Oliveto occupies a special niche of East Bay dining, and its most recent reset has happily strengthened its position.
In 1986, Ronald Reagan was president, Microsoft held its initial public offering, the Chernobyl disaster shocked the world, Georgia O’Keeffe and Benny Goodman died, and Lady Gaga and Rafael Nadal were born. And on Dec. 16, on College Avenue in Rockridge, Oliveto made its debut. Gaga and Rafa are doing pretty well at 33. But given the ever-compounding challenges of its business environment, the endurance of Oliveto Café & Restaurant as both a white-tablecloth, fine dining destination (upstairs) and an upscale but casual, all-day café (downstairs) may be more impressive. And with Brian Griffith having recently been elevated to executive chef after working for two years as sous chef under Jonah Rhodehamel, Oliveto is not only persisting but is hitting a new groove.
Give some credit to the magnetic and parking-friendly location as the corner anchor of the building that houses Market Hall, across the street from the Rockridge BART station. Take into account the enduring appeal of refined Italian cuisine, which Oliveto helped cultivate and elevate during the tenure of chef Paul Bertolli. But don’t skimp on props for the crucial couple working mostly behind the scenes: owners Bob and Maggie Klein.
Hands-on proprietors, the Kleins turn out the daily printed menus and maintain an informative online Community Journal. They have supervised significant remodels almost every decade, including the addition of wood-fired ovens, the installation of a brilliantly effective Meyer Sound noise-dampening system upstairs, and the periodic revamping of the café, notably the rosticceria program of spit-roasted meats. They also oversee annual specialty dinners themed around truffles, tomatoes, seafood, Sicilian cuisine, and the “Whole Hog.”
A low-key, amiable presence, Bob Klein can be spotted ambling through the café or the dining room, checking on what’s happening on the floor, at the bar, or in the kitchen. Often wearing a pullover sweater vest, hands clasped behind his back, he’s the one who looks like a bearded, bespectacled professor.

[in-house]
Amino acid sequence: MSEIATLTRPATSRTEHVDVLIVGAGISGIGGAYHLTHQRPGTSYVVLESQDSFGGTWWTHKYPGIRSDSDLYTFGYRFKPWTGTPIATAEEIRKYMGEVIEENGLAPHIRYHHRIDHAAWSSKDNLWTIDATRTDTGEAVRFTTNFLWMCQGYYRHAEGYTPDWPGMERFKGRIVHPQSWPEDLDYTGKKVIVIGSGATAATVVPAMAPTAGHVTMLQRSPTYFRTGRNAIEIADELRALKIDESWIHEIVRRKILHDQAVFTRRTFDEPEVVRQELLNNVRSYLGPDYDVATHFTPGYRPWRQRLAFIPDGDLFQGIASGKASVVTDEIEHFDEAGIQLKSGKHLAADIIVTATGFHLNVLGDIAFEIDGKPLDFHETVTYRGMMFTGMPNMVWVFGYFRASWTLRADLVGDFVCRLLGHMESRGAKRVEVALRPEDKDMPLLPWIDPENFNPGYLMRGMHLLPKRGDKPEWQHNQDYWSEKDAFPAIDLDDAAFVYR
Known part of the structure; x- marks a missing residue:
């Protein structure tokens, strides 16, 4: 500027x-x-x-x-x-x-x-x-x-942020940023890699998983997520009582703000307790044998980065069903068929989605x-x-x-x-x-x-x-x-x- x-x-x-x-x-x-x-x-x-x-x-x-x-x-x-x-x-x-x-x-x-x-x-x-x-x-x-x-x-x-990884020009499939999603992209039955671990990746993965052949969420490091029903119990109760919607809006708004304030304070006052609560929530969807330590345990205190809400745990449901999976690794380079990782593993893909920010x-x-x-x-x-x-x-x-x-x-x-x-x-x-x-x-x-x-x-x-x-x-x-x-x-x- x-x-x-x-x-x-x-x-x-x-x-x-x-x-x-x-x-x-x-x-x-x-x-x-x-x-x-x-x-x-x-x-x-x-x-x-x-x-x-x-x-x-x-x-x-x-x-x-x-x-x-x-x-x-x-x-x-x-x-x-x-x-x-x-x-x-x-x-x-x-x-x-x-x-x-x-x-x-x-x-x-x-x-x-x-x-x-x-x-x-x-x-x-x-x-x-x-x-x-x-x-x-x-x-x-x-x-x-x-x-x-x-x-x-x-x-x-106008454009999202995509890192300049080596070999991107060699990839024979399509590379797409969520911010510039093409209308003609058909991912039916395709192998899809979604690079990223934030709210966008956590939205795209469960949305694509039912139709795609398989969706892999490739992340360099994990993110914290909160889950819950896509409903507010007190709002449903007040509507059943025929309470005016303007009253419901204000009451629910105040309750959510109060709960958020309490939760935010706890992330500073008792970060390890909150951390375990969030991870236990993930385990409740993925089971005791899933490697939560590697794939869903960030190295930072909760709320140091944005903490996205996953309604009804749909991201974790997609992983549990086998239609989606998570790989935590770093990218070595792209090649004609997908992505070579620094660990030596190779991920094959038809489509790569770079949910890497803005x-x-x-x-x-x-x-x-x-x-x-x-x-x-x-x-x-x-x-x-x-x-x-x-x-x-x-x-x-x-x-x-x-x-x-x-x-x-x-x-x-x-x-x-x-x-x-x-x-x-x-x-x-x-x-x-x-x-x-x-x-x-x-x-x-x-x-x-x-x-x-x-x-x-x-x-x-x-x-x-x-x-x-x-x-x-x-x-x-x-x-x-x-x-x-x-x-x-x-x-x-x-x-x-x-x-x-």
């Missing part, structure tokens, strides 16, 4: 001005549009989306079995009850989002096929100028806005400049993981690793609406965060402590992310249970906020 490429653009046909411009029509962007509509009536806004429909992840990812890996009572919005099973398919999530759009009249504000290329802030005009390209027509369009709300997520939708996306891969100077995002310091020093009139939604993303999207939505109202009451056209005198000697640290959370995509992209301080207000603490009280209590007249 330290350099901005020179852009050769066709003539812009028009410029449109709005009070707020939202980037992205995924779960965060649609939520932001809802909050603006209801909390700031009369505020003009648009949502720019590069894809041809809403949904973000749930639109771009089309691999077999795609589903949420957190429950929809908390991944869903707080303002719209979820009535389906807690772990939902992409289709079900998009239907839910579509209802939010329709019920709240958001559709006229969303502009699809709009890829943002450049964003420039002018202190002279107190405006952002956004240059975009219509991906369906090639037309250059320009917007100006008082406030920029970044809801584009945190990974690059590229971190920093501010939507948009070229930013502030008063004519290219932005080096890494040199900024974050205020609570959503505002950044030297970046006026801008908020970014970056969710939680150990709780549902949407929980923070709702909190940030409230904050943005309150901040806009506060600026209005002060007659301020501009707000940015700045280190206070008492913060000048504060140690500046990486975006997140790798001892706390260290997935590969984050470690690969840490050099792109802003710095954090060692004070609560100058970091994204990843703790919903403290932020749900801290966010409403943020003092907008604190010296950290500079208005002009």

Much of Oliveto’s past luster came from chefs who went on to high-profile endeavors, including opening chef Rick Hackett (MarketBar, Bocanova), Michael Tusk (Quince, Cotogna), Bertolli (who parlayed his salumi expertise into Fra’ Mani Handcrafted Foods), and Paul Canales (Duende). But in 2005, talking about the departure of Bertolli, Klein told the San Francisco Chronicle, “We’re really not trying to promote a celebrity chef here. … The restaurant is not built on one person, but on a collection of hardworking, skilled, deeply knowledgeable people who are turned on to learning every day.”
That doesn’t belie the importance of chef Griffith, a Tennessee native who worked in the kitchens of Denver’s Table 6, Portland’s Carlyle, and Copenhagen’s two-Michelin-star Kadeau. In an email to me after we’d eaten huge meals in the upstairs dining room and in the café, Klein said, “Brian’s a force — he’s smart, comes from very good kitchens, and he makes things happen. He’s shifted our menu towards a better balance of vegetables, meats, fish and grains — the way people want to eat now. I also think he’s finding a balance between traditional and innovative food.”
Fine dining doesn’t come cheap upstairs at Oliveto. Soups, salads, and shared-plate starters range from $10 to $18, pastas $22 to $25, main courses $27 to $39, and desserts $6 to $10. Even if a couple does a lot of sharing, as Robin and I typically do, once you add in a cocktail, like the terrific Missing King (rye, cynar, aperol, and lemon, $14), a glass of wine or two (a rich Chianti or a fine Aglianico, $14 each), and the 18 percent service charge, you’re topping out around $175. But if that’s in your budget, given the attentive and well-timed service we experienced and the high quality of ingredients and execution, you probably won’t feel like you’ve overpaid, even for a $3 basket of bread — Acme levain and Community Grains long-fermented whole wheat, with superb, snow-white butter.